90° Degrees South's second full-length release, Plans for Travel, veers toward a more danceable music. The laid-back living room approach that provided the basis for the first album is still there, but somehow relegated to the back row. The very natural-sounding programmed drums made way for a retro drum machine. Analog synthesizers also occupy more space. Tempos have been slightly sped up on a few numbers too. As a result, Kev Fox' music has moved slightly away from the Labradford/Tortoise connection and closer to Stereolab -- "Supermarine S6" even evokes Kraftwerk's Autobahn. While The Barrier Silence and the EP A Distant Memory of Home wove a polar exploration theme, Plans for Travel focuses on historic means of transportation -- which probably explains the faster pace of this album. All track titles are taken from car, plane, and boat models. It makes good road music, but listeners who enjoyed the previous CDs will probably miss something. The melodic spark that ignited the stripped-down Barrier Silence is buried in the layers of sound. One fails to find the same charming naiveté. Even "Midnight, Blue Star" and "'A' Class on Exercise," the closest examples of 90° South's earlier sound, can't top "First Atlantic Flight." Whether this CD is as good as the first or not depends on taste, but you probably won't like the two albums for the same reasons.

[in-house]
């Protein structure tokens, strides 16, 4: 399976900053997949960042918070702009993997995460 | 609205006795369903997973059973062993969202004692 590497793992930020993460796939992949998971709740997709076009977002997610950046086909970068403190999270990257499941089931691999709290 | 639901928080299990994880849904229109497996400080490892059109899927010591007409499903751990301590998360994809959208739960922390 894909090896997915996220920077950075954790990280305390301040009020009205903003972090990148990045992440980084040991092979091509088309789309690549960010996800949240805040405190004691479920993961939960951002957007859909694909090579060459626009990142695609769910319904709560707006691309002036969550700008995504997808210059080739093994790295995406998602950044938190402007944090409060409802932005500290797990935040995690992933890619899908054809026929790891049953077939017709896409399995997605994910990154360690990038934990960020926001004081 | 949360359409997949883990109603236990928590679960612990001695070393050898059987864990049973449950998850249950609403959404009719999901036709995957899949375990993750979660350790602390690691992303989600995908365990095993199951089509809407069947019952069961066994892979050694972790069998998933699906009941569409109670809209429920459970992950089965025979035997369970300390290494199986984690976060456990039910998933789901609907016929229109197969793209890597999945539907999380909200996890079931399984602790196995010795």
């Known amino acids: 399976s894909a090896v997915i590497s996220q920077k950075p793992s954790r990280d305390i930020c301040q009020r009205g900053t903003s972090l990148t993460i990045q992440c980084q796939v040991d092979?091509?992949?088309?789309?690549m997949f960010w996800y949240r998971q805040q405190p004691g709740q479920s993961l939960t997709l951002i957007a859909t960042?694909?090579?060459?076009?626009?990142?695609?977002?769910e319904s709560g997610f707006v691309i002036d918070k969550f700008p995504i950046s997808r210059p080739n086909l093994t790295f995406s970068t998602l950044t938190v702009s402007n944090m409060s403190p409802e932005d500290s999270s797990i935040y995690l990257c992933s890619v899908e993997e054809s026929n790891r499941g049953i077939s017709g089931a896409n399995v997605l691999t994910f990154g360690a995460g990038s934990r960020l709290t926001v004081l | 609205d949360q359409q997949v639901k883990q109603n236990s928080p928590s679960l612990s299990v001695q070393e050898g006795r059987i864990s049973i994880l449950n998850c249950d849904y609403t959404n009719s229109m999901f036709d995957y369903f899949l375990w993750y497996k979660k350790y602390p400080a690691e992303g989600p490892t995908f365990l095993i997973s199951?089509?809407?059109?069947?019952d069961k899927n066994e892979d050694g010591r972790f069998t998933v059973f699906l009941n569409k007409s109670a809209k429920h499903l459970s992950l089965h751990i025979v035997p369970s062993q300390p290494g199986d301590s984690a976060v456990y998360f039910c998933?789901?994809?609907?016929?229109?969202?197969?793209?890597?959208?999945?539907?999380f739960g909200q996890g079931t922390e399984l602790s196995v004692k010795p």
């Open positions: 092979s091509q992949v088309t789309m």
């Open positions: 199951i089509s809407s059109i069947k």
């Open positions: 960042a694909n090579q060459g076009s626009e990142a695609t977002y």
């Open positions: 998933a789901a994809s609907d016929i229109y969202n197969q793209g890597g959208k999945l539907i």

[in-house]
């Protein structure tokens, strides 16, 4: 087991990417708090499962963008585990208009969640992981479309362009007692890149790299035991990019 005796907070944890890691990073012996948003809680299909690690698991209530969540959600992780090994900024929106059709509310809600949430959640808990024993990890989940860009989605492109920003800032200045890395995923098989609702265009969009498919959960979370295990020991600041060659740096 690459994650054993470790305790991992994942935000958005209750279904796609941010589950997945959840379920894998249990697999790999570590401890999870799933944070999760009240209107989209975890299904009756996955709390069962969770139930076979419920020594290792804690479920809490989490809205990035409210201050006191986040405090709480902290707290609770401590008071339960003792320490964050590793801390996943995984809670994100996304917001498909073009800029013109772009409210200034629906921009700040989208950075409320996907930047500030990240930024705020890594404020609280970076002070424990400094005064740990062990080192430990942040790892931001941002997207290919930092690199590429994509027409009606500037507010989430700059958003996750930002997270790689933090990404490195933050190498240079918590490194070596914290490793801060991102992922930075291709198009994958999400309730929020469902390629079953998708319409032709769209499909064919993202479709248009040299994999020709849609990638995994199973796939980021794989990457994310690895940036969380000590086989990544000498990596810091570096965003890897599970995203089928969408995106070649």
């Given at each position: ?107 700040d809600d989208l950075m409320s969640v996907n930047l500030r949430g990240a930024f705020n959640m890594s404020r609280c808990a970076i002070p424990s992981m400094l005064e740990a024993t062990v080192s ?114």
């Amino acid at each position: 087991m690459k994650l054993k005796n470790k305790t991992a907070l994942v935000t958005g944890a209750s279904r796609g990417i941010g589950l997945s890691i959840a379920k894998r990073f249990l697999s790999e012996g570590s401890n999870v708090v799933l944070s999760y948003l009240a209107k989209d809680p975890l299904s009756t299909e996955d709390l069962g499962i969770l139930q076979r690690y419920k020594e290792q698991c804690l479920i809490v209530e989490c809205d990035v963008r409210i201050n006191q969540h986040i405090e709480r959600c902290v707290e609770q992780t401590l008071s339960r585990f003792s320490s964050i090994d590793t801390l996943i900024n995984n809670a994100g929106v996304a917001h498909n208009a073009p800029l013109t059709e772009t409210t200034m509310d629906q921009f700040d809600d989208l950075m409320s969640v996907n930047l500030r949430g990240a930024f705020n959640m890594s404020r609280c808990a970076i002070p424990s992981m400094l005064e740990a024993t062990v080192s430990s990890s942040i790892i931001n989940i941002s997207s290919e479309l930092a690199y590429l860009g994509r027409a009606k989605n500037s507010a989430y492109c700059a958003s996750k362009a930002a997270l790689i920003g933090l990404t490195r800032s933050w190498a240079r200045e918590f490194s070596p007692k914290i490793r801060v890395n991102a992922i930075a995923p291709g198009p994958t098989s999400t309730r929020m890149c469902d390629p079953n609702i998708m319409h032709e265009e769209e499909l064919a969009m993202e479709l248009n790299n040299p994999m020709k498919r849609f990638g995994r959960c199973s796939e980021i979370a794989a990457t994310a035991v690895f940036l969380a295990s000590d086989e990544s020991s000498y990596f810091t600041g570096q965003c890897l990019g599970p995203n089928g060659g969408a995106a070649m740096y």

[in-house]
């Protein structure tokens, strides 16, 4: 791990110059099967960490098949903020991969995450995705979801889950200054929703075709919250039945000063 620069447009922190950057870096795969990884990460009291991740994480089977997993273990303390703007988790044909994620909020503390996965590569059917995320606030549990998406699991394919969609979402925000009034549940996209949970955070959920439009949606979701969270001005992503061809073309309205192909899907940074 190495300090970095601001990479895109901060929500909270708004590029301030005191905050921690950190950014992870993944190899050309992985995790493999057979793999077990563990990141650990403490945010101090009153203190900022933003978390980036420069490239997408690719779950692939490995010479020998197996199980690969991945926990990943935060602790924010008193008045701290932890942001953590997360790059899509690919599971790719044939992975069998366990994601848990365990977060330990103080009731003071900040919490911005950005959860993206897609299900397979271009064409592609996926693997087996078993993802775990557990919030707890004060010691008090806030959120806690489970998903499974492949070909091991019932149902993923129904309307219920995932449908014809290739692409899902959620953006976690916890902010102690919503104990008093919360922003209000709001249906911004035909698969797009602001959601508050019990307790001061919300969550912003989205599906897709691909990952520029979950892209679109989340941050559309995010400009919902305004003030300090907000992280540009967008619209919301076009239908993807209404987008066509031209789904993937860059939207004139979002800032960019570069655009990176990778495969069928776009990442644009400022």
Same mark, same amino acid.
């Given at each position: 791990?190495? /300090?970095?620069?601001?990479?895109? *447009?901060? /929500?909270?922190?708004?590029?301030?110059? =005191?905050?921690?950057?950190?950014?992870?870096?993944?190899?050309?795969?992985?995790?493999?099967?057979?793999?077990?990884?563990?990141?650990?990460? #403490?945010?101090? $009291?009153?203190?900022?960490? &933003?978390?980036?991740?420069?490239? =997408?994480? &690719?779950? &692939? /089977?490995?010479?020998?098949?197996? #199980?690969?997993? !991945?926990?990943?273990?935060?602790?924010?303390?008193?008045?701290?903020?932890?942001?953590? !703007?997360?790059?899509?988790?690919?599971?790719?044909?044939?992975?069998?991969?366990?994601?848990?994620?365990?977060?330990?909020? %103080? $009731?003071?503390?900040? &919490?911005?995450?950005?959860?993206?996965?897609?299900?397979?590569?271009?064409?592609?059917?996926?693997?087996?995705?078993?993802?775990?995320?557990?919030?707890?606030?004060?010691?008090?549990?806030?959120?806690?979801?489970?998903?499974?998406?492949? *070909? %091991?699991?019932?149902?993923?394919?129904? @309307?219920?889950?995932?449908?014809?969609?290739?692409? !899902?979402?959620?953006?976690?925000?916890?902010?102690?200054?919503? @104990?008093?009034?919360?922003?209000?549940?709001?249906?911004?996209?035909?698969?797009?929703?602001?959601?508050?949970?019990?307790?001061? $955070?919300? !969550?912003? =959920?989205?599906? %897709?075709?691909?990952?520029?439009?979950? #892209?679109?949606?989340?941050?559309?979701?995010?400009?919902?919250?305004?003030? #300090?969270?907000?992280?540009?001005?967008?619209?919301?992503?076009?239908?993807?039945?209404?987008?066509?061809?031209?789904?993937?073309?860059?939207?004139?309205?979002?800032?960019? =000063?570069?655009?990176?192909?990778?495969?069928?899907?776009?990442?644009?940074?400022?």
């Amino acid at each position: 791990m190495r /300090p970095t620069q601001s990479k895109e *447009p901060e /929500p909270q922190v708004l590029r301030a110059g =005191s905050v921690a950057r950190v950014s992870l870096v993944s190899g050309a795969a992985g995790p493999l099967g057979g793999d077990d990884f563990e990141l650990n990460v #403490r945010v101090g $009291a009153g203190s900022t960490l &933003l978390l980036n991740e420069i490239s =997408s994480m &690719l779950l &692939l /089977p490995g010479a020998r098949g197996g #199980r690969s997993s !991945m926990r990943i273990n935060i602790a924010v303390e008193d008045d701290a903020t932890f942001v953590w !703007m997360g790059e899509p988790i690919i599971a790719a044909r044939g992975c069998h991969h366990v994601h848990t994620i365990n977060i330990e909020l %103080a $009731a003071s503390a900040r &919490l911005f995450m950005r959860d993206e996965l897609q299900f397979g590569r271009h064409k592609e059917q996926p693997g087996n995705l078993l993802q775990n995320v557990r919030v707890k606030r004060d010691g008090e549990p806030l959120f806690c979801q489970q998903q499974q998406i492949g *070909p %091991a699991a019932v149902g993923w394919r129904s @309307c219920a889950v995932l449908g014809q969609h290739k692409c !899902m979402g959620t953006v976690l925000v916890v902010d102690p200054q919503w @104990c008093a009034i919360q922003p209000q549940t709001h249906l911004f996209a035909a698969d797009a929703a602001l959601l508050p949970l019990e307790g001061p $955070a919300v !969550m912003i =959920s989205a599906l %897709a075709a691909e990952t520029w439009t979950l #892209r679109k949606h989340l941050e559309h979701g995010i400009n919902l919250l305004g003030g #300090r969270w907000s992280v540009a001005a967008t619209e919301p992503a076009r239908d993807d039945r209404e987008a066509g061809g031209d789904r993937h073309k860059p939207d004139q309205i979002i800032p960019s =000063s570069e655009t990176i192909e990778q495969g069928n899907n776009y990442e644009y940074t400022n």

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AllMusic Review by François Couture